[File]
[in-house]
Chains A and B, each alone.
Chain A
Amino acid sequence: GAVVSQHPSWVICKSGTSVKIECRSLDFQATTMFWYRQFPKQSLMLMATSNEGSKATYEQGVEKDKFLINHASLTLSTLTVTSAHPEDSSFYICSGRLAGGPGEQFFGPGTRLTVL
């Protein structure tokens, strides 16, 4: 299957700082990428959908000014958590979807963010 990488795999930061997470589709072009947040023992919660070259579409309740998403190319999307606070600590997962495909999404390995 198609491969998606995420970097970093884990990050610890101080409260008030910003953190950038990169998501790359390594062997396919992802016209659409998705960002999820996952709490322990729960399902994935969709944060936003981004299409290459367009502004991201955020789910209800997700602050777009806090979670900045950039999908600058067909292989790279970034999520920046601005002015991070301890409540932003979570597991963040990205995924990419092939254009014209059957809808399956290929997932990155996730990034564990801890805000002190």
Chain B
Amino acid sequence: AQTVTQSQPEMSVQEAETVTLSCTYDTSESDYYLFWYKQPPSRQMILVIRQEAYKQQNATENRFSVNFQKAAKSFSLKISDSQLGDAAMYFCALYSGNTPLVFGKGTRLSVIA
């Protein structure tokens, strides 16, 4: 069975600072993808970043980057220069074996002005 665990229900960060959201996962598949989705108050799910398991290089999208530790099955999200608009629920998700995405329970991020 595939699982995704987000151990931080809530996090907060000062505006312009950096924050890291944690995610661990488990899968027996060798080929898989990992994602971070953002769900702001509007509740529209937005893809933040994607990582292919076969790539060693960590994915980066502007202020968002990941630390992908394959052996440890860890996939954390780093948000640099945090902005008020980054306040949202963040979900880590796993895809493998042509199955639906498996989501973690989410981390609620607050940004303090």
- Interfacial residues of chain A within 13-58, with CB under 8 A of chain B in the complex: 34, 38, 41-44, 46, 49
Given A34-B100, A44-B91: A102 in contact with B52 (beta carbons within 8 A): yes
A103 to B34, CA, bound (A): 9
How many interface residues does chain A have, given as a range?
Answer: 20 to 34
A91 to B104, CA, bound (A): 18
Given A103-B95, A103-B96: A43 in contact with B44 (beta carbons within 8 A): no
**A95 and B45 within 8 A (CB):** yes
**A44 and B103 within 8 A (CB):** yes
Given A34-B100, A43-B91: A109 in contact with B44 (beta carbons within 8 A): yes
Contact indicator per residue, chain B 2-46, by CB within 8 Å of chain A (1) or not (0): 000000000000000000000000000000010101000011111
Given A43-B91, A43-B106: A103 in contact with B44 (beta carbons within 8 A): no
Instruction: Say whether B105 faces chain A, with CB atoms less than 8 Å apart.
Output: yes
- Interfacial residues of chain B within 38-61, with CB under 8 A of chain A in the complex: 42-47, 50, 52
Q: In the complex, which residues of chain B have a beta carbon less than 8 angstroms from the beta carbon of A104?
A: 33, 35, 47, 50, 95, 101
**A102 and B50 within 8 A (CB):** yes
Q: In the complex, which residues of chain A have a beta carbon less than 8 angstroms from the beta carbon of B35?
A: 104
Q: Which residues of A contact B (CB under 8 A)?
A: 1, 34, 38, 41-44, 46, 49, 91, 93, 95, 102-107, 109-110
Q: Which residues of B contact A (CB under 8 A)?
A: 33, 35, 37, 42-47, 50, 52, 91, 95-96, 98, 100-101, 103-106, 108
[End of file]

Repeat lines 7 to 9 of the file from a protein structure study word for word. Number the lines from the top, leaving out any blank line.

Amino acid sequence: AQTVTQSQPEMSVQEAETVTLSCTYDTSESDYYLFWYKQPPSRQMILVIRQEAYKQQNATENRFSVNFQKAAKSFSLKISDSQLGDAAMYFCALYSGNTPLVFGKGTRLSVIA
């Protein structure tokens, strides 16, 4: 069975600072993808970043980057220069074996002005 665990229900960060959201996962598949989705108050799910398991290089999208530790099955999200608009629920998700995405329970991020 595939699982995704987000151990931080809530996090907060000062505006312009950096924050890291944690995610661990488990899968027996060798080929898989990992994602971070953002769900702001509007509740529209937005893809933040994607990582292919076969790539060693960590994915980066502007202020968002990941630390992908394959052996440890860890996939954390780093948000640099945090902005008020980054306040949202963040979900880590796993895809493998042509199955639906498996989501973690989410981390609620607050940004303090």
- Interfacial residues of chain A within 13-58, with CB under 8 A of chain B in the complex: 34, 38, 41-44, 46, 49